Digital Age Reshaping Politics
With the emergence of websites like YouTube, Facebook and Twitter, social media is changing the face of political communication. On Thursday, March 4, Paul Steinhauser, deputy political director of CNN (Central News Network), presented several concrete examples of how these websites have transformed the world of television news broadcasting. Steinhauser, who has been with CNN for 23 years, was brought to the Hill by the Goldfarb Center for Public Affairs and Civic Engagement.
'So much, so much has changed in the last six or seven years,' Steinhauser said. 'All the rules that we knew, that we followed, that the campaigns followed, have basically been thrown out the window. And why? Basically because of new technology, social networks'YouTube. It's totally changed the way campaigns operate [and] the way we, in the media, cover the campaigns and how we cover political events.'
YouTube was created in 2005 and since then, Steinhauser has seen a major shift in how the average American follows news and politics. About half of Steinhauser's lecture was dedicated to showing a wide range of YouTube clips that have attracted significant attention from the public.
One such clip was a video of US Senator John McCain (R-Ariz.) on a 'Straight Talk' tour during the campaign for the 2008 presidential election. During a question and answer session, a member of the audience asked the Senator when the US Military expected 'to send an air mail message to Tehran' with regard to the nuclear program in Iran. McCain responded by changing the words to a popular Beach Boys song, 'Barbara Ann,' saying instead, 'Bomb bomb bomb, Bomb bomb Iran,' according to The Huffington Post.
In another video, Vice President Joe Biden appeared on C-SPAN (Cable Satellite Public Affairs Network) in 2006 talking about his strong ties to the Indian-American community in Delaware, where he was formerly a US Senator. 'I've had a great relationship,' he remarked. 'In Delaware, the largest growth in population is Indian Americans moving from India. You cannot go to a 7-Eleven or a Dunkin' Donuts unless you have a slight Indian accent. I'm not joking.'
Although both of these incidents took place a year before the presidential election of 2008, they have shown that 'you've got to behave yourself,' as Steinhauser said. 'If you're running for office nowadays, anybody, everybody has got a camera. If they don't have a camera, they've got a cell phone and that's good enough. Everything you say, anything you say, can be and will be used against you by your opposition'It can be just the slip of the tongue.'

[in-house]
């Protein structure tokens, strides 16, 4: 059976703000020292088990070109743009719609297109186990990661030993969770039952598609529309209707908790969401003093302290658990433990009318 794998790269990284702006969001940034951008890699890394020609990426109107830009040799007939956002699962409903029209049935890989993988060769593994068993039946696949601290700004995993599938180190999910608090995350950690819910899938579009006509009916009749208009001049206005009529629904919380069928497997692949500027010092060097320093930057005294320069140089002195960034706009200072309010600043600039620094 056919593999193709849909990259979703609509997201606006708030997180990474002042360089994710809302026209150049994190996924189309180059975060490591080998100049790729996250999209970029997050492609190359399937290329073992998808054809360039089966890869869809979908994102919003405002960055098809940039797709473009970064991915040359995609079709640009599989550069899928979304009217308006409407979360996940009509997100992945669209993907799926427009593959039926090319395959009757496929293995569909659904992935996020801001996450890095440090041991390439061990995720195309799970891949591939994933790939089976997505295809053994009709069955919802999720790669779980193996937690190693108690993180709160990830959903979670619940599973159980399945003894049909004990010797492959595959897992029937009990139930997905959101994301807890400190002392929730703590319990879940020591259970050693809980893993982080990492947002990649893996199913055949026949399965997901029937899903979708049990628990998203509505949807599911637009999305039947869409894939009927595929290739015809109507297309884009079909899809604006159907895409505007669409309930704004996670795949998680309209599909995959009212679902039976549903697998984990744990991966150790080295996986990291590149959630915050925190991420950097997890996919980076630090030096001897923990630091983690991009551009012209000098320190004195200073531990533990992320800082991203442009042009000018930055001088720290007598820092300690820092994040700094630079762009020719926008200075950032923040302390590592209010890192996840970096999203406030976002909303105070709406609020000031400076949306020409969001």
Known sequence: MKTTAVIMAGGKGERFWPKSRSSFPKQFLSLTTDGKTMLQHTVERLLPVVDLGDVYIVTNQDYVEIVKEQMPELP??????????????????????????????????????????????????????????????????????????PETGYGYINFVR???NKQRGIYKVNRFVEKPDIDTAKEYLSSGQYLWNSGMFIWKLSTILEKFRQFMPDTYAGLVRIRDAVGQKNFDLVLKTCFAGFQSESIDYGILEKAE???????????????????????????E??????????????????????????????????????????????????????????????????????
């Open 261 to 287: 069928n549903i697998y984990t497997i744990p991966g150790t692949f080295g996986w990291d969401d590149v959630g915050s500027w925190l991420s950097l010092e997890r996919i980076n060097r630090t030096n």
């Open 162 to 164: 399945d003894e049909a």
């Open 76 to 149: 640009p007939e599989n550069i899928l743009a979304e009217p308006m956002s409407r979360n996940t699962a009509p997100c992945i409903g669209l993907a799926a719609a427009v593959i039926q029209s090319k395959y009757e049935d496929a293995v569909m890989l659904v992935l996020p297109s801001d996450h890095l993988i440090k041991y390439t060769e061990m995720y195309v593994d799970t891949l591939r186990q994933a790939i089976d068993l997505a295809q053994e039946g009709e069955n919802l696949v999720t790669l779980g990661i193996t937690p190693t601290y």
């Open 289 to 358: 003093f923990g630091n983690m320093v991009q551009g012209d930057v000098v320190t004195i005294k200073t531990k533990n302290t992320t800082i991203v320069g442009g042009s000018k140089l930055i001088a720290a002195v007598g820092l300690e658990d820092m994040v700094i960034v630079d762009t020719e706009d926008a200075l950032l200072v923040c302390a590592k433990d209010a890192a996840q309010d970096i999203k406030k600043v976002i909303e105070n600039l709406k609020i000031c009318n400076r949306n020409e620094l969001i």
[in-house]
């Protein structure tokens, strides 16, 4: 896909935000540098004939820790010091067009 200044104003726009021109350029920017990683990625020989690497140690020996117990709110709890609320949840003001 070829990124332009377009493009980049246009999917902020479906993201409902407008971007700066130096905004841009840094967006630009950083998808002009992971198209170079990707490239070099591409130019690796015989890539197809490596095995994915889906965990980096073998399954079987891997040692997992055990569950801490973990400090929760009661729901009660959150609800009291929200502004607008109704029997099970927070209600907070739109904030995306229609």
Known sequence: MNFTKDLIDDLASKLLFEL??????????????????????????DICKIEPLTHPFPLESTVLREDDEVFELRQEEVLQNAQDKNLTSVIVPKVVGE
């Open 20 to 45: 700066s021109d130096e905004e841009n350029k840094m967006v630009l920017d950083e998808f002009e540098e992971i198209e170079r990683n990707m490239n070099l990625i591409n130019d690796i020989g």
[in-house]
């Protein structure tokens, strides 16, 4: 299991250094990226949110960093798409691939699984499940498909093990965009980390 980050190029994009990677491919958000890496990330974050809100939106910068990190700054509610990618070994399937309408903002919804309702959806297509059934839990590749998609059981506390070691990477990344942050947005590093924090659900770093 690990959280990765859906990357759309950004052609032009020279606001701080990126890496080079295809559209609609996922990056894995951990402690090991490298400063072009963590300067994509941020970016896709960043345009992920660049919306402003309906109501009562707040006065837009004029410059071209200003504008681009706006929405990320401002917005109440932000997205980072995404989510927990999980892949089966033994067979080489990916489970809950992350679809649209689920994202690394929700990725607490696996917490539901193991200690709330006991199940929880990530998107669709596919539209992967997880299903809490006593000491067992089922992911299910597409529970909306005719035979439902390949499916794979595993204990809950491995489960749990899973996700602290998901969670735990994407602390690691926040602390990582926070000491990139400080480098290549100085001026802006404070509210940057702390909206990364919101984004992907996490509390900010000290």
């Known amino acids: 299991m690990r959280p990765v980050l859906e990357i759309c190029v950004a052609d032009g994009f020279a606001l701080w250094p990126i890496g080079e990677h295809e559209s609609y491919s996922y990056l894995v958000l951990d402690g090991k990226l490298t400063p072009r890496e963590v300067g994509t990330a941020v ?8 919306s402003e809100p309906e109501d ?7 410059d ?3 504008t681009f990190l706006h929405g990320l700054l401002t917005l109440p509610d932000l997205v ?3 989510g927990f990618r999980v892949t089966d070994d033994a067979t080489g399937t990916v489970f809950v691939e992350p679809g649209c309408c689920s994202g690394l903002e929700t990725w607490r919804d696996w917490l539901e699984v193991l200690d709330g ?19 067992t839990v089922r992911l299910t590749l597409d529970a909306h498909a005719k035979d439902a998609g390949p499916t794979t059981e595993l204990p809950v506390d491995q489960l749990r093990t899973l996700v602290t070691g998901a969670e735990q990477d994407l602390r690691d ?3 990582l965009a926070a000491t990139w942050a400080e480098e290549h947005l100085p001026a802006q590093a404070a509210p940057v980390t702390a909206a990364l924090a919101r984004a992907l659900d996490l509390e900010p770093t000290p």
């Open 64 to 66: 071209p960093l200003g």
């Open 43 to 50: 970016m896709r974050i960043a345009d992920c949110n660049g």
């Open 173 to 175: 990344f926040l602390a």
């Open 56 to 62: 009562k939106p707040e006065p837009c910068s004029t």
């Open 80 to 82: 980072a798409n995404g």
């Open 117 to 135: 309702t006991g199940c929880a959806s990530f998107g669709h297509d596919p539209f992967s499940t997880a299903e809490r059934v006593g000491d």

While nothing indicates that either McCain's or Biden's comment had a significant impact on the outcome of the 2008 presidential election, these cases do demonstrate how a year-old comment is not necessarily left in history, especially with YouTube as a new device of documentation.
Another key change in political news coverage is that moderators no longer lead the debates. In the 2008 presidential debates, the majority of the questions came directly from the American public and were submitted online. 'The star of [the] debate was average Americans, you, me, anybody,' Steinhauser said. 'The questions were different in a way, more heartfelt, different than what the experts, the so-called experts, would ask. And I think because of that, the answers from the candidates were more real.'
Last month, a similar form of public political participation took place when YouTube launched a question and answer session with President Barack Obama. It was entirely online and the discussion was guided by questions submitted by members of YouTube.
Facebook and Twitter have also changed the face of politics, Steinhauser explained. For example, government leaders and candidates running for office can continuously update their 'fans' about recent changes in their campaign. Social media also serves as an efficient way to raise money for these campaigns.
When Sarah Palin, former governor of Alaska, resigned in 2009, she fell off the mainstream news radar. However, Steinhauser is able to check her Facebook page at least four times each day to stay up to date with any important news that might break. He also monitors the Facebook pages of important political figures and each morning he 'line[s] up [his] Tweet deck' to see if the politicians have anything of interest on their profiles.
What's the bottom line to this new social media? 'The campaigns don't control the message sometimes,' Steinhauser said. 'Anybody can'It has allowed Americans, citizens, average citizens, to become more involved in the political process and I think that's a good thing. It lets people'maybe have a chance of getting a question to the President of the United States, which is pretty cool.'
If you missed Steinhauser's lecture, it is available as a podcast on the Goldfarb Center's website at http://www.colby.edu/goldfarb.